Sports Outside the Beltway

Alabama gives Nick Saban a contract extension through 2017

The Crimson Tide went 12-2 in 2008. From AP-

Pledging his commitment to Alabama for the rest of his coaching career, Nick Saban signed a contract extension Saturday that will keep him in charge of the Crimson Tide football program through the 2017 season.

Saban, accused by some of being a coaching nomad and not willing to set down roots, said prior to last season that there were “no other horizons” for him in the coaching profession. This latest deal would appear to be another clear indication that he has dug in at Alabama.

I never thought of Saban as a coaching nomad. His namesake, the late Lou Saban, was the ultimate nomad in college football coaching.

Alabama officials had been working on a contract that would not change Saban’s base salary over the next several years, but would award him with a three-year extension, bumping up his total financial package to an average of more than $4 million per year.

Saban is scheduled to make $3.9 million this year. His original eight-year contract was worth $32 million and escalated each year. He’ll go to $4.1 million in 2010 and is scheduled to make $4.2 million in each of the final three years of that deal (2012, 2013 and 2014).

A long term contract locks in Saban in Tuscaloosa for a long time. It comes with disadvantages, which to me outweigh the advantages. A coach may underperform or bring scandal to the school. The University will then, and often with good reason, want to move on but are restrained from doing so because of the cost of buying out a coach’s contract.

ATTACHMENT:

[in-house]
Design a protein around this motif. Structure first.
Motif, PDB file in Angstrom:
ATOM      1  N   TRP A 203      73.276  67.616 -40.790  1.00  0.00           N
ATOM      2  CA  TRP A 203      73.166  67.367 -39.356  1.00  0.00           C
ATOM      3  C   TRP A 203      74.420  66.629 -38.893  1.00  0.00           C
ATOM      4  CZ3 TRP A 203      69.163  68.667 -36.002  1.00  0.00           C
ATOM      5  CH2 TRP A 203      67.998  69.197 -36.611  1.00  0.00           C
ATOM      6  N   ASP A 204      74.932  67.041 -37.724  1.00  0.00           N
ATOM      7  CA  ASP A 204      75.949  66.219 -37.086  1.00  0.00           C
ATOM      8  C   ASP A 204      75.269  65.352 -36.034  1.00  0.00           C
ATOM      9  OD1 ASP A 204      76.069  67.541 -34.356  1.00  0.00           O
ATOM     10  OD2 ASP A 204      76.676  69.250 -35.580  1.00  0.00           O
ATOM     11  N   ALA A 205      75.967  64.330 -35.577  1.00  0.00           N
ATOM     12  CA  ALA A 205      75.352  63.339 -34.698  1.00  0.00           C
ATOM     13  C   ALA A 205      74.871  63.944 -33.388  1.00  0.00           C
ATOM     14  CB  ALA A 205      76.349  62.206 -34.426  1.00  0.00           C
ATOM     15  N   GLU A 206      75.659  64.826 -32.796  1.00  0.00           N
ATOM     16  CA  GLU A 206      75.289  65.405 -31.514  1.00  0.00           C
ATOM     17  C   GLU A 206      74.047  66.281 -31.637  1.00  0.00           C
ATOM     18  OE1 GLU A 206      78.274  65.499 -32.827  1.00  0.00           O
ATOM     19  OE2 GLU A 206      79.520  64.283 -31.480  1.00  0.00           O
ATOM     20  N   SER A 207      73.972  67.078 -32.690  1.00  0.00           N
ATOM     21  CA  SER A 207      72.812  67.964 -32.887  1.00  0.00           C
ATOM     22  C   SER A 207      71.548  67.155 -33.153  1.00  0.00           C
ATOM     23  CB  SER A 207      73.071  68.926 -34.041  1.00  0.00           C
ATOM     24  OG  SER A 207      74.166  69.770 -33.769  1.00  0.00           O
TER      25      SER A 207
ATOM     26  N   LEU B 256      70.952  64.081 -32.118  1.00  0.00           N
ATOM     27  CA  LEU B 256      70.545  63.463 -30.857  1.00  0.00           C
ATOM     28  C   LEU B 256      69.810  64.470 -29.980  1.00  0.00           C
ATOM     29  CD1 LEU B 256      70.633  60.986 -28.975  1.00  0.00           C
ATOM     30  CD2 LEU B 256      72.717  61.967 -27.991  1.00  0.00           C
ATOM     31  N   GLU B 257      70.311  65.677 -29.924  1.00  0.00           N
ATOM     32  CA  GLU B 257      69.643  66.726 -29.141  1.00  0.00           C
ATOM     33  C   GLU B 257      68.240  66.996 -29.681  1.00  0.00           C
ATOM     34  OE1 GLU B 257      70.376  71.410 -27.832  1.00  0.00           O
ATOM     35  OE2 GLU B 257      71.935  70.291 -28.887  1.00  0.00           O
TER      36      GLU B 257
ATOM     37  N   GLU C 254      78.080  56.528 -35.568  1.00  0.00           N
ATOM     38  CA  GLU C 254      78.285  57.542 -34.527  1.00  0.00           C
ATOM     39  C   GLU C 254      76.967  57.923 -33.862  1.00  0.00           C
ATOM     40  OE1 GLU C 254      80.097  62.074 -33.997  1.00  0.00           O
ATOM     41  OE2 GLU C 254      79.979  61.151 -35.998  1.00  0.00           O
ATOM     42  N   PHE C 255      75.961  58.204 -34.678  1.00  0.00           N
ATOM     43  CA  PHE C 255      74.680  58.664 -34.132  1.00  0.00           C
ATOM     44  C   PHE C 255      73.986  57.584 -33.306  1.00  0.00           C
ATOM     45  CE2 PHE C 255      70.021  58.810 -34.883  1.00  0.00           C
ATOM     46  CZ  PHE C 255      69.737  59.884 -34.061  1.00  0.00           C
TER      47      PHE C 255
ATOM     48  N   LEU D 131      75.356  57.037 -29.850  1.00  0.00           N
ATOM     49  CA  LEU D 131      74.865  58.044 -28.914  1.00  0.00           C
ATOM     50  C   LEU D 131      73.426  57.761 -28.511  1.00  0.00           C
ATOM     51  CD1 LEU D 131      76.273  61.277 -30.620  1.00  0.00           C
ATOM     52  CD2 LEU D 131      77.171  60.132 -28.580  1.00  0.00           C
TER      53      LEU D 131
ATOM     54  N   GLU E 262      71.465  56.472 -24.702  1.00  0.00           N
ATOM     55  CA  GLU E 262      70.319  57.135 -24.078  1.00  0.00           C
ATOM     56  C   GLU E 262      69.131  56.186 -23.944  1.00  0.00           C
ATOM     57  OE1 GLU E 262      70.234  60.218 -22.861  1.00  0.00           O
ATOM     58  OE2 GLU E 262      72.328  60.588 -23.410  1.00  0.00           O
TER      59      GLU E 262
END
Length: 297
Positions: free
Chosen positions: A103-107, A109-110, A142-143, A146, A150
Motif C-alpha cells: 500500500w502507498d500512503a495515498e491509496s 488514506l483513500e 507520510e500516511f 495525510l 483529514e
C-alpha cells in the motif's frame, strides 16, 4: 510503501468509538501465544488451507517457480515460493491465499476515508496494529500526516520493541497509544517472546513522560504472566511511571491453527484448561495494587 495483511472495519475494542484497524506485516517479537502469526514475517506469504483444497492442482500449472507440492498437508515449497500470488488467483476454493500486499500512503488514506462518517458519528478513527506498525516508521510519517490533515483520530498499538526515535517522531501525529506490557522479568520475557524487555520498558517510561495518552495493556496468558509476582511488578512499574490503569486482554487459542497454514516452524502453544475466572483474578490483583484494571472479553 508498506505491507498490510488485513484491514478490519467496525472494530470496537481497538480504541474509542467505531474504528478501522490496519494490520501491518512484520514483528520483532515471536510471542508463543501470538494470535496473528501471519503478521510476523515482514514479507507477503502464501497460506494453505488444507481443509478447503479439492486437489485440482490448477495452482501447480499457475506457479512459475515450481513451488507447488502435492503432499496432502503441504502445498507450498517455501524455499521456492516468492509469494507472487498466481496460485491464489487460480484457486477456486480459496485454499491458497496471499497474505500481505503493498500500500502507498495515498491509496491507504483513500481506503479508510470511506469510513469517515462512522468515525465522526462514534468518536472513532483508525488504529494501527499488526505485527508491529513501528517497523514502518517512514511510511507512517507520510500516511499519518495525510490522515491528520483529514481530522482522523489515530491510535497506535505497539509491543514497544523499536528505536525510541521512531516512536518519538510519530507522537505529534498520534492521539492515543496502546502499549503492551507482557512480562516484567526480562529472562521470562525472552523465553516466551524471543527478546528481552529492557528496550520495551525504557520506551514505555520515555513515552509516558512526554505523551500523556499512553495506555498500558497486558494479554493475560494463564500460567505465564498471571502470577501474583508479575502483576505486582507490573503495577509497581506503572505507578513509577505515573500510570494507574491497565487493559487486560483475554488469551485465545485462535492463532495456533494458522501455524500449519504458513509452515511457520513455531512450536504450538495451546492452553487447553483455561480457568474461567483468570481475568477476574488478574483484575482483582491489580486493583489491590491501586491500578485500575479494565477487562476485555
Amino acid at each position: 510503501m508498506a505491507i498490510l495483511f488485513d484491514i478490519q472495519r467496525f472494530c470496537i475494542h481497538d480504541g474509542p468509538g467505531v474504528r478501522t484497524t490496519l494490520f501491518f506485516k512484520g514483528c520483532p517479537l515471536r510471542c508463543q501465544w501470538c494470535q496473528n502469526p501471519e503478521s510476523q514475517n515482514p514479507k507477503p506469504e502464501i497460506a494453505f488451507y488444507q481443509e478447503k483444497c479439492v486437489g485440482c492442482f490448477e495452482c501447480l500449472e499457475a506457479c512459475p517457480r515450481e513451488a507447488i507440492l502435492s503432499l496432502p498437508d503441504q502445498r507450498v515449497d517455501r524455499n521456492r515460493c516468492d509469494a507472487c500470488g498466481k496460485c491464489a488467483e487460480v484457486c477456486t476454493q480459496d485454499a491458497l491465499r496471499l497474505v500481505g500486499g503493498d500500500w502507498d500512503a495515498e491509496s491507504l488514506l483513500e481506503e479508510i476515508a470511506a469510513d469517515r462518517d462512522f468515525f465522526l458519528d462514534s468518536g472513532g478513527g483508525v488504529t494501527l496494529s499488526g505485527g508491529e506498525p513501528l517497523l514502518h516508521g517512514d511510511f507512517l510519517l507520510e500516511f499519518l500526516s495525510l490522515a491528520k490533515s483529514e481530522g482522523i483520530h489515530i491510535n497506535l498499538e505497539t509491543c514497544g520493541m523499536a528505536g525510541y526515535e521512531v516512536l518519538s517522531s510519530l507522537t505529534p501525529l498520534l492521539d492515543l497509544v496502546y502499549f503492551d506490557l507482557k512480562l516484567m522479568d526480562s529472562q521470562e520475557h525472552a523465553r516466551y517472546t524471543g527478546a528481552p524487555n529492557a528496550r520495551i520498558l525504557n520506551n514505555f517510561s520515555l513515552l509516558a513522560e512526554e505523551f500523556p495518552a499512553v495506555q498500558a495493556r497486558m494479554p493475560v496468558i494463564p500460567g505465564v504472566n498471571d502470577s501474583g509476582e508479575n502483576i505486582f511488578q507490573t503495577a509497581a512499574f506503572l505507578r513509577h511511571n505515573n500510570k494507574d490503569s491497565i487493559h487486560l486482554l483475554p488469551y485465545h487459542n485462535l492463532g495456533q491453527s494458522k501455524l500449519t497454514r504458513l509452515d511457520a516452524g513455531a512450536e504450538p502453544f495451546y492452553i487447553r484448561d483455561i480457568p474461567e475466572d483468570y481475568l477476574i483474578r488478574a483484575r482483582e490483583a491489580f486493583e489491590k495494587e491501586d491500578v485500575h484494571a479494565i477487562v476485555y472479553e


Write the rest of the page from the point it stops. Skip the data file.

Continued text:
Alabama football fans, no disrespect to my friend and owner of this blog James Joyner, seem fickle to me. They want the Bear Bryant days back and when a coach doesn’t live up to these high expectations, they soon long for the next candidate. That is just my humble opinion.

Related Stories:
Recent Stories:

There’s not much doubt Alabama fans have high and unrealistic expectations. Gone are the days when the Alabamas and Notre Dames can stack their rosters three deep with talent. The combination of scholarship limits, early eligibility for the pros, and the rise of Florida, Texas, and California as the key recruiting hotbeds make that impossible.

Saban is the first great head coach since Bryant, though. Ray Perkins was mediocre and Bill Curry didn’t fit the culture. Gene Stallings was quite good and won a national title, although infractions toward the end of his tenure put the school in a bind for years. Mike DuBose was lousy, Dennis Franchione left for Texas A&M (how’s that workin’ out for ya, Fran?), Mike Price never coached a game, and Mike Shula was too green.

It’s remarkable, really, how many nobodies were hired to coach in the post-Bryant era.

Posted by James Joyner | August 30, 2009 | 07:18 am | Permalink

RSS feed for these comments.

Comments are Closed


Visitors Since Feb. 4, 2003

All original content copyright 2003-2008 by OTB Media. All rights reserved.